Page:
Therefore, there is a need for a configuration process for wireless devices that overcomes the disadvantages of conventional protocols discussed above.
Embodiments of the present invention and their advantages are best understood by referring to the detailed description that follows. It should be appreciated that like reference numerals are used to identify like elements illustrated in one or more of the figures.
According to one aspect of the present invention, the power (such as RF power) that the access point (AP) transmits during initial auto-configuration of a wireless client is reduced, such as by a percentage of the maximum RF power or by fixed lower power levels. As a result, the chances of unauthorized reception of configuration information are greatly reduced because the receivable range of the AP transmission is confined to a much smaller area.
In one embodiment, both the AP and the wireless client are initiated in an auto-configuration mode, such as pushing a button on each device. The power level of the AP is set at a reduced level and the devices attempt to establish a wireless connection within a specific time frame. If no connection is established, the power level of the AP is increased and connection is attempted again. The power level of the AP is incrementally increased a pre-determined number of times until a secure wireless connection is established. Thus, the RF power transmitted by the AP is kept at a minimum level so that unauthorized devices farther away from the AP than the wireless client cannot intercept the AP broadcast communications.
Next, in operation 104, the AP reduces its RF broadcast or transmission power. The power reduction can be in various ways. For example, the power reduction can be a percentage of the maximum RF power, preset by the manufacturer, the user may select the power level, or the user may input the anticipated range of the wireless client and the AP may calculate the minimum power needed to communicate with the device. The amount of power reduction can be set before or after auto-configuration begins. Once the reduced power level is set, the AP transmits the encrypted configuration settings at this reduced RF power in operation 106. By reducing the transmitted RF power, less devices are able to intercept the transmission because the signals are within a more limited space. As a result, the chances of unauthorized users or devices having access to the network is reduced.
After transmission of the configuration settings, the AP and wireless device determine, in operation 106, whether a communication or connection is established. One reason a connection may not be established is that the RF power was too low, i.e., the intended wireless client was outside the range of the transmission. Thus, if it is determined that no communication was established, the AP increases its RF power in operation 110. The amount of RF power increase can be by a fixed level, set either by the user or the manufacturer. The increase can also be by a calculation made by the AP, factoring in the conditions of the attempted communication, including range, encryption, and environment. The AP then transmits the encrypted settings again at this increased power in operation 106, and a determination is made in operation 108 whether a connection has been established. The RF power transmitted by the AP is increased until a connection is established. When the AP and wireless client are configured for communication, a normal association processes occurs in operation 112 to allow secure communication between the AP and client.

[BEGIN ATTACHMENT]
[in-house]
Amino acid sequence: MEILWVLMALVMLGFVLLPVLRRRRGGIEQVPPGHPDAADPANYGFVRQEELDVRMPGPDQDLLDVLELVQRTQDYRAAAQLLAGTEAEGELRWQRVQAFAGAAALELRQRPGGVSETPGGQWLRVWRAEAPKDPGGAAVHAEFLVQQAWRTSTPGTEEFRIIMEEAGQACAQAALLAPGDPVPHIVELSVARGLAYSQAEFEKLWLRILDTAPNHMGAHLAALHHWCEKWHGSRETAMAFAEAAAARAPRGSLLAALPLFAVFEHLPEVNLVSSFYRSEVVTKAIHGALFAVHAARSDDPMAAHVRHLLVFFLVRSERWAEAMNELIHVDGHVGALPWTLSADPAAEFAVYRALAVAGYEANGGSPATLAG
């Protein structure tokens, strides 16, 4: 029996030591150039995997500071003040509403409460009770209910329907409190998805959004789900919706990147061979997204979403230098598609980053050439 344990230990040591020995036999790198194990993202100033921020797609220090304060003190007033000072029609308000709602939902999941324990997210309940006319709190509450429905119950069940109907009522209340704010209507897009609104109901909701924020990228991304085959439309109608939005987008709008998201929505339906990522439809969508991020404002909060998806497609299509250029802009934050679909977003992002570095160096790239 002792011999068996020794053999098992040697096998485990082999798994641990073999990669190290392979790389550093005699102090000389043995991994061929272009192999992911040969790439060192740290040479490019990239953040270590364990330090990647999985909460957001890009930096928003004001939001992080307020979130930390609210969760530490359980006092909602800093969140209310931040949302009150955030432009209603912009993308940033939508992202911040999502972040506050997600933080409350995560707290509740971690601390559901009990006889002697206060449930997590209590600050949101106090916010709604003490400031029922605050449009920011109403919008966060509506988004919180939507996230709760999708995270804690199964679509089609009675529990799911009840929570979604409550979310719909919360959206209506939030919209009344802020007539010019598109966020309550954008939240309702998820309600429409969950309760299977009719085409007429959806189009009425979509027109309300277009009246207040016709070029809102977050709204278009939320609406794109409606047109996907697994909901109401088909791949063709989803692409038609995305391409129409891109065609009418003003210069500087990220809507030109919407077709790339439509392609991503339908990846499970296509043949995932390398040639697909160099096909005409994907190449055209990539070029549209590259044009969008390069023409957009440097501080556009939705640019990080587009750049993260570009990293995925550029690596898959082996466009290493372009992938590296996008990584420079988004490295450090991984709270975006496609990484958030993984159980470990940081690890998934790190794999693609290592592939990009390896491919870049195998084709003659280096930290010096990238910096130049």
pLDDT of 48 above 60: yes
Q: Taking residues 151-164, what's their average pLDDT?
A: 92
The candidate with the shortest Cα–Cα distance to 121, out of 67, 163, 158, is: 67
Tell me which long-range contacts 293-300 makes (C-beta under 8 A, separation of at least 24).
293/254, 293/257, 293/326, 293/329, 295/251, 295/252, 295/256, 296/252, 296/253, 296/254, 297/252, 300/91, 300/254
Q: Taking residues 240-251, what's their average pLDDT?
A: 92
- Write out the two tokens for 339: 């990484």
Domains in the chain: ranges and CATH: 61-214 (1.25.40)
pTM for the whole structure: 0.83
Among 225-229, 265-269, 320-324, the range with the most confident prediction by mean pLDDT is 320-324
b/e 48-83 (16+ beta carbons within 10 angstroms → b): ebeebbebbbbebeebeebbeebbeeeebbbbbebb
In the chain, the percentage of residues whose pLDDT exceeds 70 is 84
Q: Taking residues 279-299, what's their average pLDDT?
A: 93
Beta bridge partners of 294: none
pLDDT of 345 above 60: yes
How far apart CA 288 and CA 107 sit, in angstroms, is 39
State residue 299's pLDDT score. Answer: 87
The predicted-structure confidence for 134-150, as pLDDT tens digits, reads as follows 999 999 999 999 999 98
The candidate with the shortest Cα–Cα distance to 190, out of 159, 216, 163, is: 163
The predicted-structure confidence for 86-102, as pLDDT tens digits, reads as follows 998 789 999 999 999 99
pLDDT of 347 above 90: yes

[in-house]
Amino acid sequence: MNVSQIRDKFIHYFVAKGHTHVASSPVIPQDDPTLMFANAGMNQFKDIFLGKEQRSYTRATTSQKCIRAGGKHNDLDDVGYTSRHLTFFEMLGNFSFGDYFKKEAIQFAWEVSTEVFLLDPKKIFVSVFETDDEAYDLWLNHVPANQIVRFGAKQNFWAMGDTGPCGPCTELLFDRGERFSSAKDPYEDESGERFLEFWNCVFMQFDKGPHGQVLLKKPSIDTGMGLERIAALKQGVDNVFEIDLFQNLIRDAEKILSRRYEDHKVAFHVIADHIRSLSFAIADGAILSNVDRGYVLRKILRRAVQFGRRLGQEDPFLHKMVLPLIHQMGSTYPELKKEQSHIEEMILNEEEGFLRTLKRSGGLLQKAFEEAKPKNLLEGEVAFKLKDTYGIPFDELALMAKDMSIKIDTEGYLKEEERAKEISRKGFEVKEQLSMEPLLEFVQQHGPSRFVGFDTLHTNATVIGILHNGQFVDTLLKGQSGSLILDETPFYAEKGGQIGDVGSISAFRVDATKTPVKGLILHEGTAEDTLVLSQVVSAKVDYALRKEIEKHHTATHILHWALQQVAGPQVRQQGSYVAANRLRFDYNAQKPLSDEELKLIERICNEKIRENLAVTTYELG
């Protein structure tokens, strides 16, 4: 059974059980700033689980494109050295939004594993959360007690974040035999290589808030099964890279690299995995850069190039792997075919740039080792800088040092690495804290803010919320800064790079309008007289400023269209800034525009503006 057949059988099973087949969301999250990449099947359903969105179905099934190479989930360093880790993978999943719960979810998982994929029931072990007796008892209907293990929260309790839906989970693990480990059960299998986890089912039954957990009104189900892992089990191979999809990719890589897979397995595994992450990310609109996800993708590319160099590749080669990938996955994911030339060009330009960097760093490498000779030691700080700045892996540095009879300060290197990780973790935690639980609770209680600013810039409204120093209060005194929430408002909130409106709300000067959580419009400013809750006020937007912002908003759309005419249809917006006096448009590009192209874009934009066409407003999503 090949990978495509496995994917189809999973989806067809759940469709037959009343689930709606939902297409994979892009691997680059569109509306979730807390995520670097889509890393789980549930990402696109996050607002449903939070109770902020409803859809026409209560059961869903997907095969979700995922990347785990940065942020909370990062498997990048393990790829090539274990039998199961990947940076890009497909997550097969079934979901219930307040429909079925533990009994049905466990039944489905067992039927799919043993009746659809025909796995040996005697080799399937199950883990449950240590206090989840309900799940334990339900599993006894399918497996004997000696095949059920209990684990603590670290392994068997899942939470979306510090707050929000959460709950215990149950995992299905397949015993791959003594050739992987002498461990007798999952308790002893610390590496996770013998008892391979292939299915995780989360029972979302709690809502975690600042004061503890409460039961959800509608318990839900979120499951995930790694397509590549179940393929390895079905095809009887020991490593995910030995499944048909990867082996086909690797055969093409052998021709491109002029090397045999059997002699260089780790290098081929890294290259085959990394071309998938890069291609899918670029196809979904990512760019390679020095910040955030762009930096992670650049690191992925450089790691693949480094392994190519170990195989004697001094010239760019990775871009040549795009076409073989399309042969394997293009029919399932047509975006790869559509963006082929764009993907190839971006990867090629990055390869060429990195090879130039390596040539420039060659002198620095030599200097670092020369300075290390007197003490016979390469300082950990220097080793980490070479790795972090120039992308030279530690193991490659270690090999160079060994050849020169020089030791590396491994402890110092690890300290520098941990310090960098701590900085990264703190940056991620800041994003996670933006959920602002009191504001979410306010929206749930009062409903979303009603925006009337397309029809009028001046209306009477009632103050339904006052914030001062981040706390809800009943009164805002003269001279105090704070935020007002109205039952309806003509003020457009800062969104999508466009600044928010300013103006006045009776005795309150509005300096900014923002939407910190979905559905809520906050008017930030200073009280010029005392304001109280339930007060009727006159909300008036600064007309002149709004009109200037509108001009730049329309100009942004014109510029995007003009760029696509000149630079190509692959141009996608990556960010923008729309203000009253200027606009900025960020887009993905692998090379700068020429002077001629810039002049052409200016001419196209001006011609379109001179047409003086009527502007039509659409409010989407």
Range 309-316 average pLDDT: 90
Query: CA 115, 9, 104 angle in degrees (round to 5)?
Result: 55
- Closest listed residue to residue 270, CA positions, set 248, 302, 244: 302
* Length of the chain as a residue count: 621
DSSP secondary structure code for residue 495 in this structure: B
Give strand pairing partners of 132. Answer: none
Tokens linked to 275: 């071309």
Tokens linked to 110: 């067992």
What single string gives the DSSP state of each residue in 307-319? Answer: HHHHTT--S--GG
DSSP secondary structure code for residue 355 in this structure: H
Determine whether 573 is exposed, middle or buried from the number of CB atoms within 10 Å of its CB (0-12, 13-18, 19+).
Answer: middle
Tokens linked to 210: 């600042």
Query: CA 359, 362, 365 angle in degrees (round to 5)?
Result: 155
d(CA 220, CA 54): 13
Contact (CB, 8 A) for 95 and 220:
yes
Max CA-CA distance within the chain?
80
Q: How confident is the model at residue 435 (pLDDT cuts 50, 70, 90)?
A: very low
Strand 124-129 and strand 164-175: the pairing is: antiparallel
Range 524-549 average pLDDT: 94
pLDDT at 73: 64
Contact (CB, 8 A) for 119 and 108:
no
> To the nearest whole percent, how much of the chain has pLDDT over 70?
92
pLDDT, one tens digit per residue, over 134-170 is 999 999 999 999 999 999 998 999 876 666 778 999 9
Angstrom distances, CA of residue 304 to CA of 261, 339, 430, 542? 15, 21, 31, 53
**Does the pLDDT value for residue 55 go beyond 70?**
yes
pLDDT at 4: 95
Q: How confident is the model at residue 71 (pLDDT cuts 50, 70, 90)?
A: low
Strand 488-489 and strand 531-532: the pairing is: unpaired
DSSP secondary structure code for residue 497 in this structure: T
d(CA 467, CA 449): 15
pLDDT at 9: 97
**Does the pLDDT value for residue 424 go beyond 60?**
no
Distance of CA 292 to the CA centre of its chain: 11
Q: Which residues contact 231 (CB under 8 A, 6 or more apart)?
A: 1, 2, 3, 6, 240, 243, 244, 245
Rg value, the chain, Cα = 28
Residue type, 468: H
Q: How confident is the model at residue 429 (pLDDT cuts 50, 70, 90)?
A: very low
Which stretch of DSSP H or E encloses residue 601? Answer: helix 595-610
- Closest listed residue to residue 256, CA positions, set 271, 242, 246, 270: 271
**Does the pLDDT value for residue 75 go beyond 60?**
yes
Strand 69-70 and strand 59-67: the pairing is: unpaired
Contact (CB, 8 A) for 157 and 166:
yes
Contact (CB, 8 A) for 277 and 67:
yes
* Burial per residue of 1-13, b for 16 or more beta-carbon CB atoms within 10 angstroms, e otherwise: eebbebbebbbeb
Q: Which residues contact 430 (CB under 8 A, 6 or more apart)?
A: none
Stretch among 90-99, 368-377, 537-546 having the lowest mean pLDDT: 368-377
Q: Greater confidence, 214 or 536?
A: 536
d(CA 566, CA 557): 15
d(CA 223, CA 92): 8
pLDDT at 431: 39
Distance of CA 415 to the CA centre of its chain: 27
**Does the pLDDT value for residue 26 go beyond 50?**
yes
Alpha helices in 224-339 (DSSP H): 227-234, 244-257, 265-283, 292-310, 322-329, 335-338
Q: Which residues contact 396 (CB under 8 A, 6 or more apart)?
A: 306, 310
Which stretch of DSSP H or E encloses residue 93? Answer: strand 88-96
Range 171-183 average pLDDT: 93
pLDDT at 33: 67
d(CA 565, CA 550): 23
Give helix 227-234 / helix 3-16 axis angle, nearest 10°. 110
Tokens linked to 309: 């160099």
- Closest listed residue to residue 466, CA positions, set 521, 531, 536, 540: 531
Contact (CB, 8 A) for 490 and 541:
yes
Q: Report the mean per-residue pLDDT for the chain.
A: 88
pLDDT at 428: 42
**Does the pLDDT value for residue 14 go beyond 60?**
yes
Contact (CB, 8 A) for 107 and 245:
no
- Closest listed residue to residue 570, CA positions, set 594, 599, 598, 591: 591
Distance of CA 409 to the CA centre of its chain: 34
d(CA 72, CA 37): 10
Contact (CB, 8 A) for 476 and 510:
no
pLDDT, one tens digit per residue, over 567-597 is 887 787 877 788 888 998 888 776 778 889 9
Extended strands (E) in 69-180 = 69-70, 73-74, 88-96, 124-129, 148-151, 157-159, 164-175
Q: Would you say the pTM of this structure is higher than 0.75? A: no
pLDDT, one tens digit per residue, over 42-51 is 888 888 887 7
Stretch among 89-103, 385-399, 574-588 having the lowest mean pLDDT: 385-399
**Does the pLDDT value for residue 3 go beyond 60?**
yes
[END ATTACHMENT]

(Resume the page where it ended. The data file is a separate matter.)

In some embodiments, the power will only be increased 5 times or up to 20% of the maximum power. The time, number of tries, power level increase can be limited to increase security. For example, a connection may not be established because of a problem with the wireless client device and/or the AP. Another reason may be that the wireless client device has decided not to join the network and thus has left the network area. In these and other situations, it is disadvantageous for the AP to continue transmitting at higher and higher powers for an extended amount of time, as this may result in unauthorized users intercepting the configuration information.
When auto-configuration with an AP in a network is desired, an auto-configuration process is initiated in operation 208, such as by pressing a button on the AP. This causes the wireless AP to enter the auto-configuration mode in operation 210. All LEDs or other indicators on the AP flash, in operation 212, to let the user know that the AP is in the auto-configuration mode. The LEDs may indicate power, Internet connection, and/or a local area network (LAN) connection. In auto-configuration mode, the AP goes to the default wireless setting rode and encrypts the default wireless configuration settings, such as SSID, wireless protocol setting, and wireless security (WEP and WPA), using the AP's own encryption algorithm in operation 214.